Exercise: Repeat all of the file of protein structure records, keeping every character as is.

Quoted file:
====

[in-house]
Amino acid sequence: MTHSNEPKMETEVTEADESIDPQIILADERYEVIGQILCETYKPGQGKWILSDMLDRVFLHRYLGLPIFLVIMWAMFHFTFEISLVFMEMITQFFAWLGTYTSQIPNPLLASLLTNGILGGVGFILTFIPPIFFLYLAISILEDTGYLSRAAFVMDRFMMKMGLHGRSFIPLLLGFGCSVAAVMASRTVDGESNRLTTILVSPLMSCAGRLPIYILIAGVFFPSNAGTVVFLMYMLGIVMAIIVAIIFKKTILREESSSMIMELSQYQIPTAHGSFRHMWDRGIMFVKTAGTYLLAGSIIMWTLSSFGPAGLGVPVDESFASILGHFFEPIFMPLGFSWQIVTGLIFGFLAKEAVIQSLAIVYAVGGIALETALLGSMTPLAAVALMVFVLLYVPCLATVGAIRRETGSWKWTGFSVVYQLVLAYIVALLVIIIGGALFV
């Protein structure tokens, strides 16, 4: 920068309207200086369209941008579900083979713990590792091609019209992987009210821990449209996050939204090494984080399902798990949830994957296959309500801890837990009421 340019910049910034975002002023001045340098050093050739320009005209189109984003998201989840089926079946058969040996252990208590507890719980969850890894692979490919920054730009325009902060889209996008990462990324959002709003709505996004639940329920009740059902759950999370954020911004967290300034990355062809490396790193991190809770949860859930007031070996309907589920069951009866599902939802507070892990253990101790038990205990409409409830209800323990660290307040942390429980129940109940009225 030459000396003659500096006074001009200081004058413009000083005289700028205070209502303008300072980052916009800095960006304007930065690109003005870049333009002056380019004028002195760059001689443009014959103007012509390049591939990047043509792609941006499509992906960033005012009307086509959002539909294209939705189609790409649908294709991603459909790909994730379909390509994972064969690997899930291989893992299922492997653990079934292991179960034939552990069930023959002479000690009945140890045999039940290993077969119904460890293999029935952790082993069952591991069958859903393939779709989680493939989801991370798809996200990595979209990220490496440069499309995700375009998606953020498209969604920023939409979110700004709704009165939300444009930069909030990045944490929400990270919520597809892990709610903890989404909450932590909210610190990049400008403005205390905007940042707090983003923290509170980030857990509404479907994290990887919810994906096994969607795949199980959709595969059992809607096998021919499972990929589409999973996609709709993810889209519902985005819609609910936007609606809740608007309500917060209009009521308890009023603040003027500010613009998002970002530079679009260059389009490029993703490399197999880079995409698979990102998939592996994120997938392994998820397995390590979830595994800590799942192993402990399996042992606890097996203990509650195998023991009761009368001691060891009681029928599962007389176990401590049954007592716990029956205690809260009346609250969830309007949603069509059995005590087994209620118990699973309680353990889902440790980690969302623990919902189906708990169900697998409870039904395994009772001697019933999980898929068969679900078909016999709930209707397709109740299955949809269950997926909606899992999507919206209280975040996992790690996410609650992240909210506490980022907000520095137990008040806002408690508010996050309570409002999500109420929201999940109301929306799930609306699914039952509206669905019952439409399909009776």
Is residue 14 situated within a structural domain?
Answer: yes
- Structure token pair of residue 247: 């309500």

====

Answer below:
[in-house]
Amino acid sequence: MTHSNEPKMETEVTEADESIDPQIILADERYEVIGQILCETYKPGQGKWILSDMLDRVFLHRYLGLPIFLVIMWAMFHFTFEISLVFMEMITQFFAWLGTYTSQIPNPLLASLLTNGILGGVGFILTFIPPIFFLYLAISILEDTGYLSRAAFVMDRFMMKMGLHGRSFIPLLLGFGCSVAAVMASRTVDGESNRLTTILVSPLMSCAGRLPIYILIAGVFFPSNAGTVVFLMYMLGIVMAIIVAIIFKKTILREESSSMIMELSQYQIPTAHGSFRHMWDRGIMFVKTAGTYLLAGSIIMWTLSSFGPAGLGVPVDESFASILGHFFEPIFMPLGFSWQIVTGLIFGFLAKEAVIQSLAIVYAVGGIALETALLGSMTPLAAVALMVFVLLYVPCLATVGAIRRETGSWKWTGFSVVYQLVLAYIVALLVIIIGGALFV
């Protein structure tokens, strides 16, 4: 920068309207200086369209941008579900083979713990590792091609019209992987009210821990449209996050939204090494984080399902798990949830994957296959309500801890837990009421 340019910049910034975002002023001045340098050093050739320009005209189109984003998201989840089926079946058969040996252990208590507890719980969850890894692979490919920054730009325009902060889209996008990462990324959002709003709505996004639940329920009740059902759950999370954020911004967290300034990355062809490396790193991190809770949860859930007031070996309907589920069951009866599902939802507070892990253990101790038990205990409409409830209800323990660290307040942390429980129940109940009225 030459000396003659500096006074001009200081004058413009000083005289700028205070209502303008300072980052916009800095960006304007930065690109003005870049333009002056380019004028002195760059001689443009014959103007012509390049591939990047043509792609941006499509992906960033005012009307086509959002539909294209939705189609790409649908294709991603459909790909994730379909390509994972064969690997899930291989893992299922492997653990079934292991179960034939552990069930023959002479000690009945140890045999039940290993077969119904460890293999029935952790082993069952591991069958859903393939779709989680493939989801991370798809996200990595979209990220490496440069499309995700375009998606953020498209969604920023939409979110700004709704009165939300444009930069909030990045944490929400990270919520597809892990709610903890989404909450932590909210610190990049400008403005205390905007940042707090983003923290509170980030857990509404479907994290990887919810994906096994969607795949199980959709595969059992809607096998021919499972990929589409999973996609709709993810889209519902985005819609609910936007609606809740608007309500917060209009009521308890009023603040003027500010613009998002970002530079679009260059389009490029993703490399197999880079995409698979990102998939592996994120997938392994998820397995390590979830595994800590799942192993402990399996042992606890097996203990509650195998023991009761009368001691060891009681029928599962007389176990401590049954007592716990029956205690809260009346609250969830309007949603069509059995005590087994209620118990699973309680353990889902440790980690969302623990919902189906708990169900697998409870039904395994009772001697019933999980898929068969679900078909016999709930209707397709109740299955949809269950997926909606899992999507919206209280975040996992790690996410609650992240909210506490980022907000520095137990008040806002408690508010996050309570409002999500109420929201999940109301929306799930609306699914039952509206669905019952439409399909009776």
Is residue 14 situated within a structural domain?
Answer: yes
- Structure token pair of residue 247: 């309500």